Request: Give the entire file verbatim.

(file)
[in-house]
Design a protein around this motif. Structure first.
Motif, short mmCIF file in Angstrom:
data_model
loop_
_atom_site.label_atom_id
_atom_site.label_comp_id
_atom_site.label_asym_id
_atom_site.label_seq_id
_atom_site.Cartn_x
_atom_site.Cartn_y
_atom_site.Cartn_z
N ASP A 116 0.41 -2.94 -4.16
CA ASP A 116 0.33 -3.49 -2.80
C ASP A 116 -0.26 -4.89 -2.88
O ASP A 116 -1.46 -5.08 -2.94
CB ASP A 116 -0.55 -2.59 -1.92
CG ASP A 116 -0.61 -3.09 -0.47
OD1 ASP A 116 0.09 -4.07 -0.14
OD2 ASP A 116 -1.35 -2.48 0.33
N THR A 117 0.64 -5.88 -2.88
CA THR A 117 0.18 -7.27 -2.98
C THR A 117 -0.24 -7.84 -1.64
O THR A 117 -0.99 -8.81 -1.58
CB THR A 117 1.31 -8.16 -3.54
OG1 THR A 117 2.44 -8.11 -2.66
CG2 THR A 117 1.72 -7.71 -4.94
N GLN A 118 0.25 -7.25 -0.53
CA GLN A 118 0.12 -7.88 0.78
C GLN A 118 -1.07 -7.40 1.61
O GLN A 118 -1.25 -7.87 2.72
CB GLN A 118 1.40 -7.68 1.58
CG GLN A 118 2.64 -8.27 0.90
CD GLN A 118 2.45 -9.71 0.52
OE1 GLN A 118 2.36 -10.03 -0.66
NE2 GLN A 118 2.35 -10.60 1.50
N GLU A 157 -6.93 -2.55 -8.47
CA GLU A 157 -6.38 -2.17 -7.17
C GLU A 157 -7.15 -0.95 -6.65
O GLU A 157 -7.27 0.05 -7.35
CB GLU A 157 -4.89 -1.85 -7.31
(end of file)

[in-house]
Design a protein around this motif. Structure first.
Motif, short mmCIF file in Angstrom:
data_model
loop_
_atom_site.label_atom_id
_atom_site.label_comp_id
_atom_site.label_asym_id
_atom_site.label_seq_id
_atom_site.Cartn_x
_atom_site.Cartn_y
_atom_site.Cartn_z
N ASP A 116 0.41 -2.94 -4.16
CA ASP A 116 0.33 -3.49 -2.80
C ASP A 116 -0.26 -4.89 -2.88
O ASP A 116 -1.46 -5.08 -2.94
CB ASP A 116 -0.55 -2.59 -1.92
CG ASP A 116 -0.61 -3.09 -0.47
OD1 ASP A 116 0.09 -4.07 -0.14
OD2 ASP A 116 -1.35 -2.48 0.33
N THR A 117 0.64 -5.88 -2.88
CA THR A 117 0.18 -7.27 -2.98
C THR A 117 -0.24 -7.84 -1.64
O THR A 117 -0.99 -8.81 -1.58
CB THR A 117 1.31 -8.16 -3.54
OG1 THR A 117 2.44 -8.11 -2.66
CG2 THR A 117 1.72 -7.71 -4.94
N GLN A 118 0.25 -7.25 -0.53
CA GLN A 118 0.12 -7.88 0.78
C GLN A 118 -1.07 -7.40 1.61
O GLN A 118 -1.25 -7.87 2.72
CB GLN A 118 1.40 -7.68 1.58
CG GLN A 118 2.64 -8.27 0.90
CD GLN A 118 2.45 -9.71 0.52
OE1 GLN A 118 2.36 -10.03 -0.66
NE2 GLN A 118 2.35 -10.60 1.50
N GLU A 157 -6.93 -2.55 -8.47
CA GLU A 157 -6.38 -2.17 -7.17
C GLU A 157 -7.15 -0.95 -6.65
O GLU A 157 -7.27 0.05 -7.35
CB GLU A 157 -4.89 -1.85 -7.31